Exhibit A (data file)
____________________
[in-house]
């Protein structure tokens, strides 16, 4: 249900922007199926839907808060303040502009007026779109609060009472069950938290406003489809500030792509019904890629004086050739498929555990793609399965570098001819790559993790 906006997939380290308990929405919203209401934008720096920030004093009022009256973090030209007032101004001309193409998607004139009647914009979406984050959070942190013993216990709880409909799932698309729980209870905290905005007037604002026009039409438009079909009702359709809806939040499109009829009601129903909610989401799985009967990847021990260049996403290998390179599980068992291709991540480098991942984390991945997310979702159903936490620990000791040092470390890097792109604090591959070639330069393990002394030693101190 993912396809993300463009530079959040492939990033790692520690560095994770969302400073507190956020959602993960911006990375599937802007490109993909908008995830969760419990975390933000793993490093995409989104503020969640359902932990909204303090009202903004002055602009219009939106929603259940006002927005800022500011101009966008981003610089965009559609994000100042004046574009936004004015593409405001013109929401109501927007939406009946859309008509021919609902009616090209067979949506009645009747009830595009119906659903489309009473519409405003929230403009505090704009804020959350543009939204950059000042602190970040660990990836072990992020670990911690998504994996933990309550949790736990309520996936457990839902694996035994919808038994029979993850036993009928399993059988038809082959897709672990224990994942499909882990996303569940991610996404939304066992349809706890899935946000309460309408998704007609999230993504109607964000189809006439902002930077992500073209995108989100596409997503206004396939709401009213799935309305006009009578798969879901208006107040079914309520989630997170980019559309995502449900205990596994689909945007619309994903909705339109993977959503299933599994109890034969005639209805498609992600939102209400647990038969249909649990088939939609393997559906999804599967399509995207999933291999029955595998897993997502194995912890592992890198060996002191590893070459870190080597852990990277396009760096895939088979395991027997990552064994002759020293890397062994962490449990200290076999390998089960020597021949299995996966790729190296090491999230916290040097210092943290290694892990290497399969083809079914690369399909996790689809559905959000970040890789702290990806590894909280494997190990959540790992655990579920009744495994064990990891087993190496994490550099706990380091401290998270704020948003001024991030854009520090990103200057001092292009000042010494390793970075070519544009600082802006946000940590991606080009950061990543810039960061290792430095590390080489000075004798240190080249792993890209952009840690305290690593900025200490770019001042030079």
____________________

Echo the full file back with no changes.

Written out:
[in-house]
């Protein structure tokens, strides 16, 4: 249900922007199926839907808060303040502009007026779109609060009472069950938290406003489809500030792509019904890629004086050739498929555990793609399965570098001819790559993790 906006997939380290308990929405919203209401934008720096920030004093009022009256973090030209007032101004001309193409998607004139009647914009979406984050959070942190013993216990709880409909799932698309729980209870905290905005007037604002026009039409438009079909009702359709809806939040499109009829009601129903909610989401799985009967990847021990260049996403290998390179599980068992291709991540480098991942984390991945997310979702159903936490620990000791040092470390890097792109604090591959070639330069393990002394030693101190 993912396809993300463009530079959040492939990033790692520690560095994770969302400073507190956020959602993960911006990375599937802007490109993909908008995830969760419990975390933000793993490093995409989104503020969640359902932990909204303090009202903004002055602009219009939106929603259940006002927005800022500011101009966008981003610089965009559609994000100042004046574009936004004015593409405001013109929401109501927007939406009946859309008509021919609902009616090209067979949506009645009747009830595009119906659903489309009473519409405003929230403009505090704009804020959350543009939204950059000042602190970040660990990836072990992020670990911690998504994996933990309550949790736990309520996936457990839902694996035994919808038994029979993850036993009928399993059988038809082959897709672990224990994942499909882990996303569940991610996404939304066992349809706890899935946000309460309408998704007609999230993504109607964000189809006439902002930077992500073209995108989100596409997503206004396939709401009213799935309305006009009578798969879901208006107040079914309520989630997170980019559309995502449900205990596994689909945007619309994903909705339109993977959503299933599994109890034969005639209805498609992600939102209400647990038969249909649990088939939609393997559906999804599967399509995207999933291999029955595998897993997502194995912890592992890198060996002191590893070459870190080597852990990277396009760096895939088979395991027997990552064994002759020293890397062994962490449990200290076999390998089960020597021949299995996966790729190296090491999230916290040097210092943290290694892990290497399969083809079914690369399909996790689809559905959000970040890789702290990806590894909280494997190990959540790992655990579920009744495994064990990891087993190496994490550099706990380091401290998270704020948003001024991030854009520090990103200057001092292009000042010494390793970075070519544009600082802006946000940590991606080009950061990543810039960061290792430095590390080489000075004798240190080249792993890209952009840690305290690593900025200490770019001042030079």